Mar said that he supports Breed’s decision, saying that it is necessary to mitigate ongoing issues with traffic congestion in other parts of the Sunset caused by the Great Highway’s continued closure to cars as traffic nears pre-pandemic levels.

“Right now is a time when we need to look at a compromise for the use of the Great Highway that will allow us to maintain the recreational benefits of the Great Highway while also relieving the significant traffic impacts as traffic increases on our city streets,” Mar said.

But opposition to the road closure is strong in the nearby neighborhoods.

Since the highway has been closed, once-quiet residential streets in the Sunset have become high-volume traffic corridors those north-south travelers. According to the Great Highway Concepts Evaluation Report, 86 percent of Upper Great Highway traffic were people traveling from the Richmond or Sunset towards the South Bay.

Steven Hill, an Outer Sunset resident who has lived on Lincoln Way since the late 1990s, said that traffic that was previously confined to the Upper Great Highway now drives past his house, sometimes not stopping at stop signs and driving at unsafe speeds.

“I moved out here because it was slower and quieter…now it’s like a freeway out there at this point,” Hill said. “There’s a stop sign at 44th and Lincoln, many drivers don’t even stop there, they just slow down a little bit, look, and zoom right through. And there’s a children’s playground right there.

“And there’s all of these hot-rodders that used to go down Great Highway, those three-wheeled vehicles, there was that long stretch, they now go up and down Lincoln Way, I can hear them.”

Hill added that the appeal’s notion that the closure of the Great Highway reduced carbon emissions from vehicles is incorrect, saying that the motorist simply took different roads, mainly Sunset Boulevard, 19th Avenue, and other residential roads in the Sunset.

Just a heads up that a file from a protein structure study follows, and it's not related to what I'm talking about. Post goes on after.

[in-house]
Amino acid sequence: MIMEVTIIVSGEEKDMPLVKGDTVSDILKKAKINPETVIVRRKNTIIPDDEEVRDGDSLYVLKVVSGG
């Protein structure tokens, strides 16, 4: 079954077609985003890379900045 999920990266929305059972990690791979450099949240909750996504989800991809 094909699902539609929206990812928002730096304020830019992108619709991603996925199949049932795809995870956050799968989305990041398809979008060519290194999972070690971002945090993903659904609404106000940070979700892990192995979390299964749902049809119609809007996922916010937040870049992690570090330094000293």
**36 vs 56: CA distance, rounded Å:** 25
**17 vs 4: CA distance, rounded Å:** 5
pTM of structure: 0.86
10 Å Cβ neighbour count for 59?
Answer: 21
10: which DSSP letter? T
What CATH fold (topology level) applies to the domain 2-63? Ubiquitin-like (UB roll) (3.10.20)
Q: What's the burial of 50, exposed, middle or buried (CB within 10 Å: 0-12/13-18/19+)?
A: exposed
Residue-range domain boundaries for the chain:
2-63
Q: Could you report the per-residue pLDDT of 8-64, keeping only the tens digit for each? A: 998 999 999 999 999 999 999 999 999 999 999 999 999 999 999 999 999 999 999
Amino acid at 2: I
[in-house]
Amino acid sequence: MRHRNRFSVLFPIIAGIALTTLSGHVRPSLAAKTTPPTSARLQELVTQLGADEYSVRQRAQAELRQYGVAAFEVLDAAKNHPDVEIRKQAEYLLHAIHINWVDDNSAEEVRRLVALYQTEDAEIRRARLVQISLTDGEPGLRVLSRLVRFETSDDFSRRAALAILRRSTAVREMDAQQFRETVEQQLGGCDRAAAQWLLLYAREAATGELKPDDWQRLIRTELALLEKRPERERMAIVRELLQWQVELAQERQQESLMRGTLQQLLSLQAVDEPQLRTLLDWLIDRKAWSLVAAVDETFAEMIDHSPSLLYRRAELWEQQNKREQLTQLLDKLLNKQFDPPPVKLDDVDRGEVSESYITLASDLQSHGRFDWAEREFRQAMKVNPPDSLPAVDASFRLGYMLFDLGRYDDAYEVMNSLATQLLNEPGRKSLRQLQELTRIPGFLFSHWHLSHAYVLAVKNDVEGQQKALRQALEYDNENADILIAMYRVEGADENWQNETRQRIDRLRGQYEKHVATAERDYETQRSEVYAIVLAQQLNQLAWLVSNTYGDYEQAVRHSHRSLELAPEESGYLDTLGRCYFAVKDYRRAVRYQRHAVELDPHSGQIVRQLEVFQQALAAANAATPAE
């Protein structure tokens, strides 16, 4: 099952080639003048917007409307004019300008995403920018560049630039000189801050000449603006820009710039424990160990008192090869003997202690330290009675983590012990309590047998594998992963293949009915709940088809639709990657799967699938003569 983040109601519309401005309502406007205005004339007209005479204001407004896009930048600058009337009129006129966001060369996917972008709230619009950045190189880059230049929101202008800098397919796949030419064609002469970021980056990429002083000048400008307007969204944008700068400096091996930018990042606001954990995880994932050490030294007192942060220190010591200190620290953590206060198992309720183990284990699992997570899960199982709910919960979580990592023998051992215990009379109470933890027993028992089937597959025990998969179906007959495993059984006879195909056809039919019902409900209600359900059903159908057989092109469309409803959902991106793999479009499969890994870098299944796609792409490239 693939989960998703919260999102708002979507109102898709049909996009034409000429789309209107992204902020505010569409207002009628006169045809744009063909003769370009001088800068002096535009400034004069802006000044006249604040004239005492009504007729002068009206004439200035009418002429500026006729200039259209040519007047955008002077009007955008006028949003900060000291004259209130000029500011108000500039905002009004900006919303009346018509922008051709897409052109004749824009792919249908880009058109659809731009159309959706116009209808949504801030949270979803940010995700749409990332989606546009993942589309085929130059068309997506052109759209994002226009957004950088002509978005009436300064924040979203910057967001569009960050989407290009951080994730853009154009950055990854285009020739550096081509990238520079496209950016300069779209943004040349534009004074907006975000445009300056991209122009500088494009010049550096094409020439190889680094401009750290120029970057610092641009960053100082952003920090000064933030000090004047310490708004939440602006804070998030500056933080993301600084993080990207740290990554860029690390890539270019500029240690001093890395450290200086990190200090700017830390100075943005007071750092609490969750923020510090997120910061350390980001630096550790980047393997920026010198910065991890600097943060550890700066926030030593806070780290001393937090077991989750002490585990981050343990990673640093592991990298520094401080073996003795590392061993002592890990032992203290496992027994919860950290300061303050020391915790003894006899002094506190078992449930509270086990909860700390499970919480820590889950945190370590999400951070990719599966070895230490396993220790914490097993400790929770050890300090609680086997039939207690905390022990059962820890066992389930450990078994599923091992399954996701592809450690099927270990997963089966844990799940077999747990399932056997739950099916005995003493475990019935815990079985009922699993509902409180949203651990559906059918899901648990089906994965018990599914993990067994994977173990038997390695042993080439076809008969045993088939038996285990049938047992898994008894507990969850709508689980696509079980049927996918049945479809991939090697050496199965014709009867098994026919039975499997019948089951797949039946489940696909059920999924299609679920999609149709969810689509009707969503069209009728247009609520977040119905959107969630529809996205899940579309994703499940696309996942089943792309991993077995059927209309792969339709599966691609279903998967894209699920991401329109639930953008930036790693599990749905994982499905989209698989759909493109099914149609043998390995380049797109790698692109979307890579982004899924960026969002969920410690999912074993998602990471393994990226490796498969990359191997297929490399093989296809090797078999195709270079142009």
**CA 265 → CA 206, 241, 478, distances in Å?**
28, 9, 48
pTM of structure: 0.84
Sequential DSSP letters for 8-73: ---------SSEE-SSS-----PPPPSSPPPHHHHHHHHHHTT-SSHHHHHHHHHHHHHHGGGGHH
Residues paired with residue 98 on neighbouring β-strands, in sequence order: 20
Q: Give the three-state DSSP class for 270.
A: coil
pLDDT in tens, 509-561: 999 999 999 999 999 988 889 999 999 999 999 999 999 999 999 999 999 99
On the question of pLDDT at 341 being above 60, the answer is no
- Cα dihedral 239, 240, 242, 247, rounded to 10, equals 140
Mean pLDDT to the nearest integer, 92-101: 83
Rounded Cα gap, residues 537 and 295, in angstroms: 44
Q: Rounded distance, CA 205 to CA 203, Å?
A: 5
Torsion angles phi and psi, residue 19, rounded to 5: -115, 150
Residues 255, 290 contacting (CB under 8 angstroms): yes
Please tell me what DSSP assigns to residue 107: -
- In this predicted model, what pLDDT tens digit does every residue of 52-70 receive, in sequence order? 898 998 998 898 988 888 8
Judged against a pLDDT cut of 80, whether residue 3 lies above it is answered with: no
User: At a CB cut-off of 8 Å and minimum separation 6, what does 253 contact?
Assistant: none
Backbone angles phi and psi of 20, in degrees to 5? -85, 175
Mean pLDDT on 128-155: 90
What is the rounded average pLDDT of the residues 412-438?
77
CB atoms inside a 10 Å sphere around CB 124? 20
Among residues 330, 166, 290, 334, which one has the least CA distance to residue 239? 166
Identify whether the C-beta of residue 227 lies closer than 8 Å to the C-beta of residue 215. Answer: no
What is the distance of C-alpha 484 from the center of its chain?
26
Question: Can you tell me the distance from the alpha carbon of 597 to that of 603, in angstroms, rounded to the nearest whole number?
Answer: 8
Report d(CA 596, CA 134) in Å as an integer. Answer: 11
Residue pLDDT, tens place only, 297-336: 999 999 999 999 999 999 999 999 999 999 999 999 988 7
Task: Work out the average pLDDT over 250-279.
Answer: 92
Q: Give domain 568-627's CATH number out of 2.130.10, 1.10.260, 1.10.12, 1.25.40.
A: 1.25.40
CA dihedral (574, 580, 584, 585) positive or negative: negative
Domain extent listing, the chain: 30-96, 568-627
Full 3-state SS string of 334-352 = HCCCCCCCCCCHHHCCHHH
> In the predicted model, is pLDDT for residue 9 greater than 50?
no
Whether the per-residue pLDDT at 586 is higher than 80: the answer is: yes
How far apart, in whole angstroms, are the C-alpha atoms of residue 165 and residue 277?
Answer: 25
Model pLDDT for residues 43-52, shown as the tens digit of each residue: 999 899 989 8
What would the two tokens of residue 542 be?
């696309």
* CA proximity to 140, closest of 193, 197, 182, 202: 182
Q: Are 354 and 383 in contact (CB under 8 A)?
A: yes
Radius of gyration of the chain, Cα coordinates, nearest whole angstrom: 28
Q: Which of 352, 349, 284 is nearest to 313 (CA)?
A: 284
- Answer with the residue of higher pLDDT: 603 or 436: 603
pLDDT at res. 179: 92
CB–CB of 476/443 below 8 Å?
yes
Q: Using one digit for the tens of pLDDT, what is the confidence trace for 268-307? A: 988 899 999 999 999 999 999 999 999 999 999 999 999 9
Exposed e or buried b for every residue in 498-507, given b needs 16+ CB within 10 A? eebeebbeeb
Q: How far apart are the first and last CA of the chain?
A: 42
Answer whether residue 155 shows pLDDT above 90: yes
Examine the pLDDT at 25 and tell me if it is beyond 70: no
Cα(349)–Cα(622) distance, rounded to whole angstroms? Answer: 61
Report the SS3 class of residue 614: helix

“It’s like squeezing a balloon, it just pops out somewhere else,” Hill said.

The findings from the CTA’s Great Highway Concepts Evaluation Report concurred with Hill’s experience, estimating that if the Great Highway were permanently closed, as many San Franciscans support, 60 to 70 percent of traffic would be diverted onto Sunset Boulevard and the remainder would likely use residential streets or 19th Avenue, as well as streets in Golden Gate Park, including Chain of Lakes and MLK.

Others like Hill who oppose the permanent closure of the Great Highway to vehicle traffic have created a petition with more than 11,000 signatures calling on the city to reopen the Great Highway to vehicle traffic permanently, saying that the closure diverts traffic deeper into the Sunset, increasing congestion in residential areas.

At this point, although the appeal has been filed, its future is unclear, Coyne said.

First, there is a possibility that the appeal will be struck down outright for procedural reasons, as it is not immediately clear if the mayor’s announcement, which was made through a press release, counts as an official order, and therefore whether it is eligible to be appealed through CEQA. Secondly, the Great Highway reopens Monday, leaving only one business day for the Clerk of the Board of Supervisors to make the determination whether the CEQA appeal is legal—and even if the clerk concurs with Coyne, the timing may just be too tight.

“I’m not optimistic at this point that the appeal will have time to go through, even if the clerk does accept that argument,” Coyne said.